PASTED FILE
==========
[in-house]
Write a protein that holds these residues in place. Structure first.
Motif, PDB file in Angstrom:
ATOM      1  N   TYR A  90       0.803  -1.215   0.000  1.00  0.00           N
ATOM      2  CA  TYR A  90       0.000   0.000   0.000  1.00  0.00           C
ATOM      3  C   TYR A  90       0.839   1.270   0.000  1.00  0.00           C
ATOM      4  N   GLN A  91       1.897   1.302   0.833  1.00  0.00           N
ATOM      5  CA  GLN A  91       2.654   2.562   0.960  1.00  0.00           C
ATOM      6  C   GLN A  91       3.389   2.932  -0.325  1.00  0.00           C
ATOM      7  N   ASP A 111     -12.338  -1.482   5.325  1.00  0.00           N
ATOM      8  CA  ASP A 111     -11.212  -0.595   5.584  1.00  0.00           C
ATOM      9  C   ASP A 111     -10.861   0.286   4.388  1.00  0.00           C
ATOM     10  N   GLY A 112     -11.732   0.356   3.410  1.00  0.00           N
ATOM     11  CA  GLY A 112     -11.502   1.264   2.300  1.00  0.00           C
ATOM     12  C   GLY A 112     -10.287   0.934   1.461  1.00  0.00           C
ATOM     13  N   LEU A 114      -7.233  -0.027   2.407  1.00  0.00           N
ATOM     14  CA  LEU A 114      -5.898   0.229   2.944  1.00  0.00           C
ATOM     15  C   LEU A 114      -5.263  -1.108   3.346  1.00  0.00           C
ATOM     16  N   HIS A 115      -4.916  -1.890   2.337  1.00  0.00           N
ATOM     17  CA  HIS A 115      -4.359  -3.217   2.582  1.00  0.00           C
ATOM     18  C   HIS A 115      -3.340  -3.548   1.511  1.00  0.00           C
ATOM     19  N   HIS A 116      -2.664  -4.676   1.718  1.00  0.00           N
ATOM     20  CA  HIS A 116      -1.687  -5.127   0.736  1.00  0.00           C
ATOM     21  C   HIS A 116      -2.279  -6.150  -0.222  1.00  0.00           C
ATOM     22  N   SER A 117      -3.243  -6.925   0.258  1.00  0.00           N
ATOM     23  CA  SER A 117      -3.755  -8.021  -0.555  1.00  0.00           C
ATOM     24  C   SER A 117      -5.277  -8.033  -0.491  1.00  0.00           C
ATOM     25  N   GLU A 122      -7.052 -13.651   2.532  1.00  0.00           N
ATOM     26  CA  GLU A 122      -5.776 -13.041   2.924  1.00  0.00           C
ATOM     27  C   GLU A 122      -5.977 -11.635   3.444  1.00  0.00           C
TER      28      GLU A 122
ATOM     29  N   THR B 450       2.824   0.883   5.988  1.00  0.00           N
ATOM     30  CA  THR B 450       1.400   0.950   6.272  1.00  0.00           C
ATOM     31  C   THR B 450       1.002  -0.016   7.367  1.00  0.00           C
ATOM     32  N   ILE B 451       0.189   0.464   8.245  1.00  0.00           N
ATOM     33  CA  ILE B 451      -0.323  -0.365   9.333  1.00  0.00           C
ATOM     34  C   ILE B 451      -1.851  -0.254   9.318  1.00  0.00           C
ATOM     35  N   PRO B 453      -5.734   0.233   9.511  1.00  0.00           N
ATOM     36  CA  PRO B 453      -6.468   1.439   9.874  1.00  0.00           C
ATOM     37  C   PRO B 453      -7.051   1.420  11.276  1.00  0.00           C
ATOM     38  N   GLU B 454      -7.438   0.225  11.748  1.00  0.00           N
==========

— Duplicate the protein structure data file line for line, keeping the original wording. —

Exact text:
[in-house]
Write a protein that holds these residues in place. Structure first.
Motif, PDB file in Angstrom:
ATOM      1  N   TYR A  90       0.803  -1.215   0.000  1.00  0.00           N
ATOM      2  CA  TYR A  90       0.000   0.000   0.000  1.00  0.00           C
ATOM      3  C   TYR A  90       0.839   1.270   0.000  1.00  0.00           C
ATOM      4  N   GLN A  91       1.897   1.302   0.833  1.00  0.00           N
ATOM      5  CA  GLN A  91       2.654   2.562   0.960  1.00  0.00           C
ATOM      6  C   GLN A  91       3.389   2.932  -0.325  1.00  0.00           C
ATOM      7  N   ASP A 111     -12.338  -1.482   5.325  1.00  0.00           N
ATOM      8  CA  ASP A 111     -11.212  -0.595   5.584  1.00  0.00           C
ATOM      9  C   ASP A 111     -10.861   0.286   4.388  1.00  0.00           C
ATOM     10  N   GLY A 112     -11.732   0.356   3.410  1.00  0.00           N
ATOM     11  CA  GLY A 112     -11.502   1.264   2.300  1.00  0.00           C
ATOM     12  C   GLY A 112     -10.287   0.934   1.461  1.00  0.00           C
ATOM     13  N   LEU A 114      -7.233  -0.027   2.407  1.00  0.00           N
ATOM     14  CA  LEU A 114      -5.898   0.229   2.944  1.00  0.00           C
ATOM     15  C   LEU A 114      -5.263  -1.108   3.346  1.00  0.00           C
ATOM     16  N   HIS A 115      -4.916  -1.890   2.337  1.00  0.00           N
ATOM     17  CA  HIS A 115      -4.359  -3.217   2.582  1.00  0.00           C
ATOM     18  C   HIS A 115      -3.340  -3.548   1.511  1.00  0.00           C
ATOM     19  N   HIS A 116      -2.664  -4.676   1.718  1.00  0.00           N
ATOM     20  CA  HIS A 116      -1.687  -5.127   0.736  1.00  0.00           C
ATOM     21  C   HIS A 116      -2.279  -6.150  -0.222  1.00  0.00           C
ATOM     22  N   SER A 117      -3.243  -6.925   0.258  1.00  0.00           N
ATOM     23  CA  SER A 117      -3.755  -8.021  -0.555  1.00  0.00           C
ATOM     24  C   SER A 117      -5.277  -8.033  -0.491  1.00  0.00           C
ATOM     25  N   GLU A 122      -7.052 -13.651   2.532  1.00  0.00           N
ATOM     26  CA  GLU A 122      -5.776 -13.041   2.924  1.00  0.00           C
ATOM     27  C   GLU A 122      -5.977 -11.635   3.444  1.00  0.00           C
TER      28      GLU A 122
ATOM     29  N   THR B 450       2.824   0.883   5.988  1.00  0.00           N
ATOM     30  CA  THR B 450       1.400   0.950   6.272  1.00  0.00           C
ATOM     31  C   THR B 450       1.002  -0.016   7.367  1.00  0.00           C
ATOM     32  N   ILE B 451       0.189   0.464   8.245  1.00  0.00           N
ATOM     33  CA  ILE B 451      -0.323  -0.365   9.333  1.00  0.00           C
ATOM     34  C   ILE B 451      -1.851  -0.254   9.318  1.00  0.00           C
ATOM     35  N   PRO B 453      -5.734   0.233   9.511  1.00  0.00           N
ATOM     36  CA  PRO B 453      -6.468   1.439   9.874  1.00  0.00           C
ATOM     37  C   PRO B 453      -7.051   1.420  11.276  1.00  0.00           C
ATOM     38  N   GLU B 454      -7.438   0.225  11.748  1.00  0.00           N